2013 – What a Year It’s Been
2013 continues on the path of very solid gains, but it has certainly has not been a smooth ride. Stocks and bonds have had to steer clear of geopolitical risks, budget issues, and the ongoing debt crisis in the U.S. In spite of these issues the stock markets have posted very strong gains.
Stocks enjoyed their best 3 quarters in a number of years, but the question is, will we be able to continue on this pace and for how long? Bonds hit some speed bumps in the second quarter, but low single digit gains still look possible. In any market, there are always opportunities; you just need to know where to look for them.
It’s been four years since the S&P 500 hit a low of 677. As of today we are sitting at 1765 on the S&P, just off its all-time record high. Corporate earnings continue to be strong and unemployment numbers are slowly moving in the right direction as more large and small companies look to increase their workforces. Healthcare and industrial stocks have lead the way so far this year as well as strength in the technology sector. The worst performing sectors have been basic materials and utilities though both have had positive returns for the year of 10.7 percent and 14.4 percent.
Returns from International stocks have not faired as well as domestic stocks as the MSCI EAFE Index and the MSCI Emerging Markets Index have underperformed U.S. stocks. There are also concerns over rising interest rates in China, as they have been raising rates since late last year to try and head off inflation. Brazil and India also have struggled in 2013.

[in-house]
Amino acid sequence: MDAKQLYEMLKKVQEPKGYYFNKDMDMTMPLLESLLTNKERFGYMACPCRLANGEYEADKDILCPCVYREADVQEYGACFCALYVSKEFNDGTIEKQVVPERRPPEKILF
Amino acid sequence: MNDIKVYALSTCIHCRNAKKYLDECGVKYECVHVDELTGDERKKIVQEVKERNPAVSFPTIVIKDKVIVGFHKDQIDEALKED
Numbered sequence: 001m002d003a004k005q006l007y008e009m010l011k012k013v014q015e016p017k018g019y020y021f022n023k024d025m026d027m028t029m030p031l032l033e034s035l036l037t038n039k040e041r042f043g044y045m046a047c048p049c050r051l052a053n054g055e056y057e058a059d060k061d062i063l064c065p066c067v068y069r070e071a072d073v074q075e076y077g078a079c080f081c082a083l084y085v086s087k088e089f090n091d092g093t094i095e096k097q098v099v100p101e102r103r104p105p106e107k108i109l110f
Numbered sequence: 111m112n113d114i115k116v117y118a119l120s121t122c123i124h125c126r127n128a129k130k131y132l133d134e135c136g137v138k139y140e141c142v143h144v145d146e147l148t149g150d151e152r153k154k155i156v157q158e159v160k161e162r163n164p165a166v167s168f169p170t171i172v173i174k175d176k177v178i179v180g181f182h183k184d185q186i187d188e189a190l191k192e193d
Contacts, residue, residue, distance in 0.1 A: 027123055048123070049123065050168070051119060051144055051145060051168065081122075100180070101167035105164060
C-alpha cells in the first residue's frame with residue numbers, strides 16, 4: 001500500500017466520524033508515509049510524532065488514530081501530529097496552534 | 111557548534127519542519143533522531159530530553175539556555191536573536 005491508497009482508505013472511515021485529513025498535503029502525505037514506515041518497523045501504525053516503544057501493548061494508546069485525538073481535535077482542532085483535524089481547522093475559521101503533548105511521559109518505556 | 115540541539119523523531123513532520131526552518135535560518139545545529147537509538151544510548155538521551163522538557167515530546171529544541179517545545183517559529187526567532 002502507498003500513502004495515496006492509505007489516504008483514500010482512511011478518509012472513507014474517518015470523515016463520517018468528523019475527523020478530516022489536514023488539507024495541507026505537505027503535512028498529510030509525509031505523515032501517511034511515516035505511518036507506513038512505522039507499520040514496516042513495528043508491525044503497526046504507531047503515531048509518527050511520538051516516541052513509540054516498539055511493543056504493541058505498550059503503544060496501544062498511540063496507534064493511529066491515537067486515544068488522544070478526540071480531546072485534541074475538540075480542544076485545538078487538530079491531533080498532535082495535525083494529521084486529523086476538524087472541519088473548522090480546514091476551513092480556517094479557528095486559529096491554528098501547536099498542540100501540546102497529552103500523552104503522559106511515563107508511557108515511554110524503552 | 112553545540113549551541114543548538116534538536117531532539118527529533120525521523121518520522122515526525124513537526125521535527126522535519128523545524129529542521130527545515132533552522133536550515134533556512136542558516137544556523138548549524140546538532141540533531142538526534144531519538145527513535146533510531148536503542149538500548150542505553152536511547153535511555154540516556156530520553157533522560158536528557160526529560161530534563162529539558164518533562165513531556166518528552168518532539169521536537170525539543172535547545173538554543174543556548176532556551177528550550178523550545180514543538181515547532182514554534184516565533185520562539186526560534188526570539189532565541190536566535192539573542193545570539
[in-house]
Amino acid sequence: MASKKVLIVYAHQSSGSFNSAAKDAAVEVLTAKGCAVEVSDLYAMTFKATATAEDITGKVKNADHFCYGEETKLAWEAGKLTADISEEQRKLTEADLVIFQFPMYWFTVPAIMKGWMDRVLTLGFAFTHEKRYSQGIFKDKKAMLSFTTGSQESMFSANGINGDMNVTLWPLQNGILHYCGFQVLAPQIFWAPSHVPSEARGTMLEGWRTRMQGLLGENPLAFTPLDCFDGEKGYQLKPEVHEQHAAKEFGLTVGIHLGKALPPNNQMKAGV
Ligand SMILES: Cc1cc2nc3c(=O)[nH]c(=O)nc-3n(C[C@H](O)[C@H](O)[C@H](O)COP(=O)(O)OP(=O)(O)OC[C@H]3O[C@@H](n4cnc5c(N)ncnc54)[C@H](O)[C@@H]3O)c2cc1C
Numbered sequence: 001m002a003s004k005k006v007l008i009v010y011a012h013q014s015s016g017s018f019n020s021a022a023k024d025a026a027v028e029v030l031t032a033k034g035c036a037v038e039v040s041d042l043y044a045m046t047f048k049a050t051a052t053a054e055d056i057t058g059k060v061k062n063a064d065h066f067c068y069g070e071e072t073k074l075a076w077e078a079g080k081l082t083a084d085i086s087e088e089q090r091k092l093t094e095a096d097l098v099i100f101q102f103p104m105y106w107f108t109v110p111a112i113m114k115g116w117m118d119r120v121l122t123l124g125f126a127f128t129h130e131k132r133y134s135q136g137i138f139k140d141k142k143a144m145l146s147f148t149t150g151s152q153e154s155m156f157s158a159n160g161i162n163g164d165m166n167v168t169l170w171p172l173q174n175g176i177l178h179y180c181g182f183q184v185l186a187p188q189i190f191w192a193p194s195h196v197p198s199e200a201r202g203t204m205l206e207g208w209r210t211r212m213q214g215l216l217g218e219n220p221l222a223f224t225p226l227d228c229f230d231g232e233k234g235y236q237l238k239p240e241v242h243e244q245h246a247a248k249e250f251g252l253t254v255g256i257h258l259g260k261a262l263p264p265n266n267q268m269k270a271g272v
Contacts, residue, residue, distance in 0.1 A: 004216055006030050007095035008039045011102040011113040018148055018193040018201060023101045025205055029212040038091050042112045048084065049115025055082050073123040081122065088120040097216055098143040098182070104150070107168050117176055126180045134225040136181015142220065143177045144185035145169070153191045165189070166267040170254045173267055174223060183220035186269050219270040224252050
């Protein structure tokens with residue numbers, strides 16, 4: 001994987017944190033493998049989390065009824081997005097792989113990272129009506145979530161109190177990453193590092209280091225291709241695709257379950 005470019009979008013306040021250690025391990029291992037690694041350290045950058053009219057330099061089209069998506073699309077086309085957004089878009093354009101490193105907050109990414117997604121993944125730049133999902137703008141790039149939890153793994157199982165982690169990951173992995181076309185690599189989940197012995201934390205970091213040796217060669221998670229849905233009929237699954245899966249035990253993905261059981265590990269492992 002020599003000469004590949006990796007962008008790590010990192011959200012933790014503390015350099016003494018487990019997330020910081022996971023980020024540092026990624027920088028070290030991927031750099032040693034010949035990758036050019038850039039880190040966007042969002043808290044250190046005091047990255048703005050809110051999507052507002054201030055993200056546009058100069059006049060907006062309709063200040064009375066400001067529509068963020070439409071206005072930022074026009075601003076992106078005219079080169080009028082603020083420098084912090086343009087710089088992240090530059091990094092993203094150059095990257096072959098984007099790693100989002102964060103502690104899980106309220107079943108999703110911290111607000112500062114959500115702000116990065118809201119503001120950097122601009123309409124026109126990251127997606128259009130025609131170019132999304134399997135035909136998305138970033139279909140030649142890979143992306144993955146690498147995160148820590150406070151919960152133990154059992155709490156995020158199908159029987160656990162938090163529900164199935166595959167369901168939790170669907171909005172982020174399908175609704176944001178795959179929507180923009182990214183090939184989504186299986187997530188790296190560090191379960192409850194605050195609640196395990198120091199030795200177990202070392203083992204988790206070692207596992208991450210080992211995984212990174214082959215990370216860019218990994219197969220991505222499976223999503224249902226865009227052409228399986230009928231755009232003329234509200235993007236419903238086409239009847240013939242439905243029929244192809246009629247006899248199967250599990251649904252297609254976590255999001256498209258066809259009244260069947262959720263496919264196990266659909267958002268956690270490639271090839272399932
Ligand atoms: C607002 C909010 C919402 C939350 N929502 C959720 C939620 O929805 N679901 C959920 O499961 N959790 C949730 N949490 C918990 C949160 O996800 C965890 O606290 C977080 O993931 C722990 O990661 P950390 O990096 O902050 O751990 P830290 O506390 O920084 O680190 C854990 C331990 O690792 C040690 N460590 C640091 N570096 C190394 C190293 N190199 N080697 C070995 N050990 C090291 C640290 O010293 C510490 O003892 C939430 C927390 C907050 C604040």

As for the U.S. economy, growth continues at a moderate pace with manufacturing leading the way. Consumer and business spending continues to be solid in 2013. Employment has picked up, but growth still remains slow. On the housing front new home sales had a strong first half of the year but as interest rates moved up in the summer it seemed to take some of the steam out of the housing market. Commodities have been weak in 2013 as gold and silver prices continue to fall and oil prices are trading in the mid to low 90’s. Gasoline prices continue to fall which means people will have more money to spend on other things.
Interest rates are still low, but the talk of the Fed starting to tapper next year may cause rates to finally start moving up. As a result 2013 has not been a very good year for the bond markets. The only bright spot has been in high yield bonds.
The question going into the final six weeks of the year is will the DOW and S &P end the year at all-time record highs, and what effect will the upcoming budget battles and debt ceiling have on the markets as we head into the New Year?
Editor’s note: Eric Loucks has more than 30 years of experience in the financial services industry, and has been an Investment Officer with the LANB Investment Group for the past six years. Loucks grew up in Los Alamos, spent the majority of his career with Charles Schwab in San Francisco and Phoenix and returned to New Mexico six years ago.
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